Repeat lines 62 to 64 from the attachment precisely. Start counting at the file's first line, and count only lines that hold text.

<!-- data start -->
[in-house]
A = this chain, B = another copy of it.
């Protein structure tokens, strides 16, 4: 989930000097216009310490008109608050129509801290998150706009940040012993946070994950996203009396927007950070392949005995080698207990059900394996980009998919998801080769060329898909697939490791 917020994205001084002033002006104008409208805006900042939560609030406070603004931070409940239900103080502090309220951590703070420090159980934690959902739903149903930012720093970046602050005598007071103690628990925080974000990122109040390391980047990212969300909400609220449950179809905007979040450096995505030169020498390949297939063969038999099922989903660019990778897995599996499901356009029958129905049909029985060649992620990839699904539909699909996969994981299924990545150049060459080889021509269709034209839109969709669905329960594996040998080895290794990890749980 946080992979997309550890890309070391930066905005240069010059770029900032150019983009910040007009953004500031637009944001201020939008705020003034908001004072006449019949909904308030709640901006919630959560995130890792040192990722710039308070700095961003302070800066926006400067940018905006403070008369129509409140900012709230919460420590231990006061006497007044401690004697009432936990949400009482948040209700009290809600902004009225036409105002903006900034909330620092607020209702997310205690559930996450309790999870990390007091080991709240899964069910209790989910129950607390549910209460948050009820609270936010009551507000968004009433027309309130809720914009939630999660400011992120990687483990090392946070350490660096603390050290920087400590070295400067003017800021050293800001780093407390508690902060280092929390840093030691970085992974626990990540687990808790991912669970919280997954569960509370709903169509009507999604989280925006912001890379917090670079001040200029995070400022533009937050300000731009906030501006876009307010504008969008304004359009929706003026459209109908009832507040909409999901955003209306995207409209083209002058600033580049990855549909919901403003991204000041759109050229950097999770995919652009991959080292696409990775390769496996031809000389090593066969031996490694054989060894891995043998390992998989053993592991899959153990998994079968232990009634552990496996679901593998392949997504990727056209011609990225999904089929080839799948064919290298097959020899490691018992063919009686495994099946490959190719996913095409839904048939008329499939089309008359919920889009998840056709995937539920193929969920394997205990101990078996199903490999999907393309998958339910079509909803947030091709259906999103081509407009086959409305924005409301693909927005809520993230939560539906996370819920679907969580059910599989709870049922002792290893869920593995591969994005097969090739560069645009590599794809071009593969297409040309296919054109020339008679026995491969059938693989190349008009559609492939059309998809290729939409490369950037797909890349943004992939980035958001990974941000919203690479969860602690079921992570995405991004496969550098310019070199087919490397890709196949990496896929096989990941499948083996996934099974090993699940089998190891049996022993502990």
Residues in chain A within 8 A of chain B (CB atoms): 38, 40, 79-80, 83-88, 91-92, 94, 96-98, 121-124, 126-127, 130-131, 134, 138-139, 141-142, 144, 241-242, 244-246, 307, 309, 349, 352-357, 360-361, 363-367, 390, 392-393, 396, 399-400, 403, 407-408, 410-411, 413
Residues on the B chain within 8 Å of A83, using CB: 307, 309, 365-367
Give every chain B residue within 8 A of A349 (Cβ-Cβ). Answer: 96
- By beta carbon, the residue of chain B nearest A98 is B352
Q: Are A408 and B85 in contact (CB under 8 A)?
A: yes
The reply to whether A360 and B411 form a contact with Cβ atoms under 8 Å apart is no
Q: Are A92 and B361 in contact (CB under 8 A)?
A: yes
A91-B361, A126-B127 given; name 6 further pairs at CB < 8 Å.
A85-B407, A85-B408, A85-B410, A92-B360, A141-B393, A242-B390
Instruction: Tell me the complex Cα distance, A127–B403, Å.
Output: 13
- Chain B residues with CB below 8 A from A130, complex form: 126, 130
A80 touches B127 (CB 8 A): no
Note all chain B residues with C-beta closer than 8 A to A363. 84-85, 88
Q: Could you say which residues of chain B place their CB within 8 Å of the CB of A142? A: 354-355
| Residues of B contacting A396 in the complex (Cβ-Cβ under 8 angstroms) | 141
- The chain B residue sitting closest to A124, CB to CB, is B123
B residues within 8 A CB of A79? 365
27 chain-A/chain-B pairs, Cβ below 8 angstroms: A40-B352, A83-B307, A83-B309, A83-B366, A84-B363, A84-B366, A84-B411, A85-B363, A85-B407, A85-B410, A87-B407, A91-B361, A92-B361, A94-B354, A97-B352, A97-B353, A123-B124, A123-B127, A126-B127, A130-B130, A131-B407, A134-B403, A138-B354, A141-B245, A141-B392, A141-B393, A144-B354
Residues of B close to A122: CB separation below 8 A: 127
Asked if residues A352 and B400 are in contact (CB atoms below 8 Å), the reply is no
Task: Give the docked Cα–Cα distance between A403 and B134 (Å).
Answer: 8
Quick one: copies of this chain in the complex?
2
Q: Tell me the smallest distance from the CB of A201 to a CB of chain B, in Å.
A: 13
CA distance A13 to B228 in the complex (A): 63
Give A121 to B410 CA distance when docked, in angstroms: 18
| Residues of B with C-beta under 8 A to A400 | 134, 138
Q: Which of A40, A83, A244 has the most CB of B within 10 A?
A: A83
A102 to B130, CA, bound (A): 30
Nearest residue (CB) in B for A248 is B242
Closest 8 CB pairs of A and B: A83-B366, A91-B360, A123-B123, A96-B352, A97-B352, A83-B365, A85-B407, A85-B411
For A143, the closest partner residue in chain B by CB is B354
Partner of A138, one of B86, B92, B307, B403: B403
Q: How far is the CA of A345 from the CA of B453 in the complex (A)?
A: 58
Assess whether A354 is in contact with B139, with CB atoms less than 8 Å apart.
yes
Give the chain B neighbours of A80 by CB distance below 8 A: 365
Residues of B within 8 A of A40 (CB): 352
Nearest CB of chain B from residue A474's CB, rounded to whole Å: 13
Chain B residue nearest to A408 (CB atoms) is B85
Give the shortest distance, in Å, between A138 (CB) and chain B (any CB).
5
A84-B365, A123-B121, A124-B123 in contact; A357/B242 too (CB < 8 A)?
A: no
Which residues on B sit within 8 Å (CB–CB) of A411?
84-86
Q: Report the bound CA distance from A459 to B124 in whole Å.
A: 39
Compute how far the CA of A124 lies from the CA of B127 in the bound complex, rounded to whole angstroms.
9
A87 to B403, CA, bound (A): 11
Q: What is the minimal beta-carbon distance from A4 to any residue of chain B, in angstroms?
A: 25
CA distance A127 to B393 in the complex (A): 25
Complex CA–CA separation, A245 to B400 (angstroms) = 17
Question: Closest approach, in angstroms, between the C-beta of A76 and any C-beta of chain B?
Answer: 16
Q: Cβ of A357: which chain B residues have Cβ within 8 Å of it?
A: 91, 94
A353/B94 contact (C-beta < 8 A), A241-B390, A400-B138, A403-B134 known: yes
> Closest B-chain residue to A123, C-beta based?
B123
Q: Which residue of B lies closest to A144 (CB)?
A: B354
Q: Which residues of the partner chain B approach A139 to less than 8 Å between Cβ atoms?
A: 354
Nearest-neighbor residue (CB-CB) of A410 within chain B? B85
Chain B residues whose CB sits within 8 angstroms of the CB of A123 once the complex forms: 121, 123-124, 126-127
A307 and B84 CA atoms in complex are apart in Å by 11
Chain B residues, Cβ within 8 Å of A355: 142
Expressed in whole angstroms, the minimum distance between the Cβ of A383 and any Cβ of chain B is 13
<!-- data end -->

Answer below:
Q: What is the minimal beta-carbon distance from A4 to any residue of chain B, in angstroms?
A: 25
CA distance A127 to B393 in the complex (A): 25